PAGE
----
T: Definitely geekcast away, how cool is it to get to work with people you admire and look up to. And the idea of stunt-casting is prevalent throughout the entertainment biz. Even web series and new media projects try to stick names in to garner more hits, and more power to them, I say. If that is what it takes to get viewers and maybe create a loyal fan-base, have at it! Then again, going back to my last statement, I am also fully in favor of casting the best actor for the job. And sometimes having a star play a role can take you out of the project, since then you’re thinking “Oh my god, I’m listening to Julia Roberts, or Brad Pitt, how cool,” and then you’re not listening to the character anymore your listening to Julia or Brad doing a voice, which I think can be counter-productive to the storytelling.

Y: Well we discussed this a bit in the last question, but yeah, I’m not gonna lie, it sometimes takes every fiber of my being not to geek out when I show up to work and The Kurgan’s standing there. Or Ilya Kuyakin. Or Drusilla. Or Jackie Childs. Or Wesley Crusher. It’s kind of a geek’s dream come true. It’s oftentimes my absolute favorite part of coming to work. And yeah, it was all I could do not to yell, “Can you dig it!” when Remar walked in. Or not to quiz him on the Code of Harry. I think most of the casting directors we work with have a great reverence for the characters or at least consult heavily with the producers/creators who are most familiar with them. Then they balance that with the “names” that they might need.

FG: Are there horror stories of preferential treatment of the ‘stars’? Or is it more camaraderie amongst like-minded performers?

T: Hmmm. Not being one of those “stars,” I’m not sure if there are any horror stories. I have heard a few silly things, like certain folks who like to disrobe before doing VO, or trying to get into character by doing weird things, but I haven’t really heard any really terrible things. I do like to think of the VO community as a tight-knit group and I do think there is definitely a camaraderie around voice actors, so maybe it is the like-minded thing, or maybe it is just the types of folks who gravitate to VO tend to be down-to-earth likable guys and gals! :)

Y: Most are surprisingly respectful of the other voice actors they’re working with, and in some cases even nervous because they’re used to working in a wholly different manner, so they’re a little more reserved and less confident than they might otherwise be. I don’t think I’ve ever seen anybody really cop attitude in a group record. Although I have heard horror stories from several directors about “name” actors acting up when they’re the only ones in the room. But you’ll get no names outta me…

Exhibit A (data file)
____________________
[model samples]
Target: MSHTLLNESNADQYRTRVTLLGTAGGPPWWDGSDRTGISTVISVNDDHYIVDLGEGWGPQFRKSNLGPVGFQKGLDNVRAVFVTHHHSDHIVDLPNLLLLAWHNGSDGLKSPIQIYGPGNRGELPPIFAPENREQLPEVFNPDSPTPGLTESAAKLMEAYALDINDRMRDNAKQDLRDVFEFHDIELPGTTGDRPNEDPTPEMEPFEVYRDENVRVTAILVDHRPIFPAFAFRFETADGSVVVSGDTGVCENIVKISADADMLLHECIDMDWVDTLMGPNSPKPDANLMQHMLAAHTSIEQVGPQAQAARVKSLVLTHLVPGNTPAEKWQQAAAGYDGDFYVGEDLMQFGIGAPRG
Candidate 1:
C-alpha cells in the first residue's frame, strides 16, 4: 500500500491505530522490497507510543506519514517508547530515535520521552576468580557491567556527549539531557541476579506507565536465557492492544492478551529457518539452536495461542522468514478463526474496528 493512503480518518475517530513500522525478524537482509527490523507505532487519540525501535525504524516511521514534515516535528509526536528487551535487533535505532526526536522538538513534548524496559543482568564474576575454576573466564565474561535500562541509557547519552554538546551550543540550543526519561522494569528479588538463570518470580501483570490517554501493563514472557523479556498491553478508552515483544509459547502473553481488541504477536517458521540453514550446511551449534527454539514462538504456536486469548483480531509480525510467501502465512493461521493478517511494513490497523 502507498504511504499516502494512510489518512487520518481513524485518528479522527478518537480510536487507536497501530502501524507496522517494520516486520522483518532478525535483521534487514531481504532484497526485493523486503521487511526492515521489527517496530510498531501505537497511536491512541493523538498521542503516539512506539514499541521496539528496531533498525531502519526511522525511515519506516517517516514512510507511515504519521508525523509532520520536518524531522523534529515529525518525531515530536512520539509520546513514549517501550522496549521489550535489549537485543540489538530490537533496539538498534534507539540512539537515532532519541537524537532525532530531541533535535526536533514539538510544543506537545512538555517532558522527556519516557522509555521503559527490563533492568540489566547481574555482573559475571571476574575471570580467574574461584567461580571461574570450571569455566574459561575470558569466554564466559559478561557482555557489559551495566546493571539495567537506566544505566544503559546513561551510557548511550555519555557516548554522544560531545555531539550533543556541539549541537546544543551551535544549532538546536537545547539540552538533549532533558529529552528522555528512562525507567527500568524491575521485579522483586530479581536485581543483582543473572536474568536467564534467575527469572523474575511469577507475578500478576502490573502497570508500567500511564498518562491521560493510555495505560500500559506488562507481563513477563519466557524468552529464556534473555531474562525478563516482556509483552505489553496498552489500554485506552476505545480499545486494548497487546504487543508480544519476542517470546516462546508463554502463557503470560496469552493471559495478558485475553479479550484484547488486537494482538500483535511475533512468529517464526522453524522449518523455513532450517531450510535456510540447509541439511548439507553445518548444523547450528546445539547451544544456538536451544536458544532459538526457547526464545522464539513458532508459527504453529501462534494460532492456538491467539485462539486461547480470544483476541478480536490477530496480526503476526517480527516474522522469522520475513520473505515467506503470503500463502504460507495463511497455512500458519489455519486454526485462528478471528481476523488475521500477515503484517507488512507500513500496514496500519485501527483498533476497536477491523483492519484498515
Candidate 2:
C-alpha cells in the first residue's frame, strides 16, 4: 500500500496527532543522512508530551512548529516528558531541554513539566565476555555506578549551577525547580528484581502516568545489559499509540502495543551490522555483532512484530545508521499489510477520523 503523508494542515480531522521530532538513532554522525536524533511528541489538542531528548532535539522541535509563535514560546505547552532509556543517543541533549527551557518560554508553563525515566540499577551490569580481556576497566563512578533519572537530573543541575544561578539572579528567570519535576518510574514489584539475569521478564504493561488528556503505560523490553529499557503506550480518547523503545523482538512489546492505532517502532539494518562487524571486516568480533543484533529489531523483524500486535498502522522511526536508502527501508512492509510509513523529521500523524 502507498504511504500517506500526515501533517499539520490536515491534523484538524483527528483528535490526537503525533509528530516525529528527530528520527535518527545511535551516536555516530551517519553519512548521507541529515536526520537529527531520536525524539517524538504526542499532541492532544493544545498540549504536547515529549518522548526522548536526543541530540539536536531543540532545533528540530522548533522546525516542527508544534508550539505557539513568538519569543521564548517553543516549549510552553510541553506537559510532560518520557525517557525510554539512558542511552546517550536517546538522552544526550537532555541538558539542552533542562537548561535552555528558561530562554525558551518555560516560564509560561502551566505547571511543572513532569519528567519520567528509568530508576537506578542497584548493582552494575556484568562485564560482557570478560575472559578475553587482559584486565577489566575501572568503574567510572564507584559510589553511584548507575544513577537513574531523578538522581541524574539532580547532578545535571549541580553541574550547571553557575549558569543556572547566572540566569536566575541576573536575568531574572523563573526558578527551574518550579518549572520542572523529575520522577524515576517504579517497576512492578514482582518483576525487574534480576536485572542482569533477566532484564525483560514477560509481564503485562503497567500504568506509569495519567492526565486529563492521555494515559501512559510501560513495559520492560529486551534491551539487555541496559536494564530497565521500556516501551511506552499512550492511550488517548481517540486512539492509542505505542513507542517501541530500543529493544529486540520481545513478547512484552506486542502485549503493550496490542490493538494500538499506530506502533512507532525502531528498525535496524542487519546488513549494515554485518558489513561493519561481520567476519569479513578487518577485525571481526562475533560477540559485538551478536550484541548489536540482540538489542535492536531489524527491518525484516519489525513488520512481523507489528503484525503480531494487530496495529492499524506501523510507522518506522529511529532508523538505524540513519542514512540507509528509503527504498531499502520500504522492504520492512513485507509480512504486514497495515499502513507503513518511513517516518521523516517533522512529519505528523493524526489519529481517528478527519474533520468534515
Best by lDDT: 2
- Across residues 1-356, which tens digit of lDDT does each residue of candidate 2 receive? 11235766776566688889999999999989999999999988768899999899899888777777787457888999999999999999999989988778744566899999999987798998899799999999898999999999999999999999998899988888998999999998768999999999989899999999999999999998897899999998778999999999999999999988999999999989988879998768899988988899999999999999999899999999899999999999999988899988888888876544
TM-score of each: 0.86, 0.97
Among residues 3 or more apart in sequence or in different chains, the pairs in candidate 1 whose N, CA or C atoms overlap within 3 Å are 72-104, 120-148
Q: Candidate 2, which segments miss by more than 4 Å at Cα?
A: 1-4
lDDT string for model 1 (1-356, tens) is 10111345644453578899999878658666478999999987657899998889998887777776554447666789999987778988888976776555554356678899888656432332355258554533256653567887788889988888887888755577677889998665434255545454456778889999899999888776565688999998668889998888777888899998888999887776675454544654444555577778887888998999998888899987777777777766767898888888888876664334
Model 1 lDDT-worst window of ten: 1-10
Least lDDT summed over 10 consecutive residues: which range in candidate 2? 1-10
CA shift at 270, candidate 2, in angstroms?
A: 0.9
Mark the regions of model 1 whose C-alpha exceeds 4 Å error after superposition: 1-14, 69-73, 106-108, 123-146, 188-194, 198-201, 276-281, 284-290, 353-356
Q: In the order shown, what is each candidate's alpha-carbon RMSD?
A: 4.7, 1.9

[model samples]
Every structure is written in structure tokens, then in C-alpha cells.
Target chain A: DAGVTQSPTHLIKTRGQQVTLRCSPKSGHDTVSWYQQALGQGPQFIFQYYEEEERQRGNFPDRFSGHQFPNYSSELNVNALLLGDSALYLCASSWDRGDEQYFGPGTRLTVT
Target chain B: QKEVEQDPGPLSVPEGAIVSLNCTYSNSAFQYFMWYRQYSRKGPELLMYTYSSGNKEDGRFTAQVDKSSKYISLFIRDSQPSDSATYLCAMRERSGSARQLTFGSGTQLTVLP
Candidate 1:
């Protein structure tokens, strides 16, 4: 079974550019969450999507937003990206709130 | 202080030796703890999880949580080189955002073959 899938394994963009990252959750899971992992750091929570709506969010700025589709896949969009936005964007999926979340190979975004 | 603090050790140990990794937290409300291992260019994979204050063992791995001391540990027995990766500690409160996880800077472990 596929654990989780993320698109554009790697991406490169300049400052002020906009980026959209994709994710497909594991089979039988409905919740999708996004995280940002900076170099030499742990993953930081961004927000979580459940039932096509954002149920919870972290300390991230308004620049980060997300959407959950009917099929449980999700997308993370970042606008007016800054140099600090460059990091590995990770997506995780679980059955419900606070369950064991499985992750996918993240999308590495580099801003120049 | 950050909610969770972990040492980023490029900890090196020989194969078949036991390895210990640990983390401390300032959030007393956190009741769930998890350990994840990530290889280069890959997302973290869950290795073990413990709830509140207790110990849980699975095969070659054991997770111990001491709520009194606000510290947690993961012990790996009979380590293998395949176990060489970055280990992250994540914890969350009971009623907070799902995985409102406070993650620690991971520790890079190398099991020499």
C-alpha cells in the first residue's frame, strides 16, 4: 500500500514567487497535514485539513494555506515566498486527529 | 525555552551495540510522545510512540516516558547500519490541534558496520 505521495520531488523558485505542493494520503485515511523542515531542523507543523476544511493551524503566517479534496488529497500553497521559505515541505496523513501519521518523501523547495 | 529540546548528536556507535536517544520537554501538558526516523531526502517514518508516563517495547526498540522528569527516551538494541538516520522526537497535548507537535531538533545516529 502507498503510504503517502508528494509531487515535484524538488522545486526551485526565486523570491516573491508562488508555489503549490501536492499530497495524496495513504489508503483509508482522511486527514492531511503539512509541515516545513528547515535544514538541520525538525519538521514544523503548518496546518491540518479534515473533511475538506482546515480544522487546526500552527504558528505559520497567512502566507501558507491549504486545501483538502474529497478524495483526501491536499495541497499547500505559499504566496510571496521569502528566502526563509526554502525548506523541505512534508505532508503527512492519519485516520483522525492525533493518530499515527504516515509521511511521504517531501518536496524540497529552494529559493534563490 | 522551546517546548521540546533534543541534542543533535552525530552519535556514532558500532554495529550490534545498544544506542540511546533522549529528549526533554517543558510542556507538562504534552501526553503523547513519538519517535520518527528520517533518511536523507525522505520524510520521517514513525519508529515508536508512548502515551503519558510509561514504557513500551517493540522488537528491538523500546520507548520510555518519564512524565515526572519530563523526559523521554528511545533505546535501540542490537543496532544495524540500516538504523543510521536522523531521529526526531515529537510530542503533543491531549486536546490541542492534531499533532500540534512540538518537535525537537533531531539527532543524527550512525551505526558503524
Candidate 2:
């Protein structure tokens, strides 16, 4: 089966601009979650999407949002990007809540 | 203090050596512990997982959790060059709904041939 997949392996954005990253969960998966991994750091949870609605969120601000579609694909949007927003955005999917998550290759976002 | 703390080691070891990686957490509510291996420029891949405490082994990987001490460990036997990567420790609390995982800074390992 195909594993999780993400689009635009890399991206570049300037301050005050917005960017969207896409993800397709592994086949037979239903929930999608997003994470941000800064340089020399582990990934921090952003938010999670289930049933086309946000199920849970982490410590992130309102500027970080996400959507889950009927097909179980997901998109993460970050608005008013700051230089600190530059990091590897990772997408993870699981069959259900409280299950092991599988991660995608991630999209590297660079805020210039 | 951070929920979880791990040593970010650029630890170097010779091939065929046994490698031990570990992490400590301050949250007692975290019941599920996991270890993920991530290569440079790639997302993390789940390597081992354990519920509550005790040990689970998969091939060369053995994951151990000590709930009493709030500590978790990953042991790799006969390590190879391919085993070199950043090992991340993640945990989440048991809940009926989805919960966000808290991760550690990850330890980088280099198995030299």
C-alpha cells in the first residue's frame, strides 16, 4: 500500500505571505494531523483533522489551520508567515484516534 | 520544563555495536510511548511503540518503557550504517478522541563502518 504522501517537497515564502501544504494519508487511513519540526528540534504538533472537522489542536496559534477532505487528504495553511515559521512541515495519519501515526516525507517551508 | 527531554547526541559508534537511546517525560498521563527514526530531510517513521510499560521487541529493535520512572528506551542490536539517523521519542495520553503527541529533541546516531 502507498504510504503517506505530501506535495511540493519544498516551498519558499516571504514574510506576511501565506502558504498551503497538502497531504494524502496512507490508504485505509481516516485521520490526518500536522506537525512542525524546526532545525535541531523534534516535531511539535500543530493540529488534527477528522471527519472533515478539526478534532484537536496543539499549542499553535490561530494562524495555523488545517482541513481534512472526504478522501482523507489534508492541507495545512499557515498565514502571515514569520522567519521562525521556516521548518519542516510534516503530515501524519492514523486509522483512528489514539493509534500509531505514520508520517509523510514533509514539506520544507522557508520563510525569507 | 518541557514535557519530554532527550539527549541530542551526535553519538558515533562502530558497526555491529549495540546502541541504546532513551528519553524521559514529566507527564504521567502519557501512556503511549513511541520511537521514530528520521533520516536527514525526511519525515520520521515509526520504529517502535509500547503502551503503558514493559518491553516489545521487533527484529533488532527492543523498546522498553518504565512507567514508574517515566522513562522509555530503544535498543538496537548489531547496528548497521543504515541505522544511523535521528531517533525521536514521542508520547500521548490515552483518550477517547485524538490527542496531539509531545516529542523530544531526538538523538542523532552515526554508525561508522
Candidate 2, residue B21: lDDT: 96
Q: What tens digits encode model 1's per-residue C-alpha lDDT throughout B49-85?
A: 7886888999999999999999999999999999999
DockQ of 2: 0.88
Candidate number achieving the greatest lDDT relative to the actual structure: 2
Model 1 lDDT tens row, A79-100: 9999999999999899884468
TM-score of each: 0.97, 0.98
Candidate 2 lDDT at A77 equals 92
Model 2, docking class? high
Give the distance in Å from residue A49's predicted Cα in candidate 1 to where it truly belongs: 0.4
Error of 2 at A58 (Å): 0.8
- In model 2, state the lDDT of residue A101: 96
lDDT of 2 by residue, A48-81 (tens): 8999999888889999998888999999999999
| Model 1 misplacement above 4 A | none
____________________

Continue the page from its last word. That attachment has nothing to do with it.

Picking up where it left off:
FG: Yet….    ;)


Video Games:

FG: Bigger business and an increased focus on video games is leading them to be more cinematic and epic. Games can be an evolution of storytelling not limited by time restraints, with the portrayal of IPs/characters in a new environment that is interactive with the audience. You both have extensive work in this new field. How different is it from work in ‘traditional’ VO?

T: *grin* Once again, the work is similar in any kind of VO. You show up, and do your job as an actor. Small things vary, for instance with a video game often you do an “A-B-C” take of each line so the director/producer can decide what fits best into game-play as opposed to original animation where you might have a whole cast recording together. Every video game I’ve worked on has been just me in a room recording my lines, but there may be some that use group record. Games lately tend to have the trend of realism, cinematic realism, so the acting needs to match; no crazy, over-the-top cartoon characters.

Y: There’s a lot more screaming. Most games are about killing and blowing things up, and that means a lot of screaming for the actors. And getting set on fire, electrocuted, falling from great heights and much, much more. You have to get very good at dying. It can be a great stress release exercise, but can be hard on the voice so you have to be very aware of how you’re using it. But you rarely get a chance to look at the script in advance and because there are so many more lines of dialogue in a video game than in an episode of a show or even in a movie, they usually have to be more expedient about getting through them, so you have to be a quick study and learn to make your acting decisions quick. You don’t have time to belabor them. And I miss getting to record with other people in the room, but on rare occasions we get to do that too.

FG: Is the process/preparation different for something that is interactive & dynamic, rather than simply telling the story?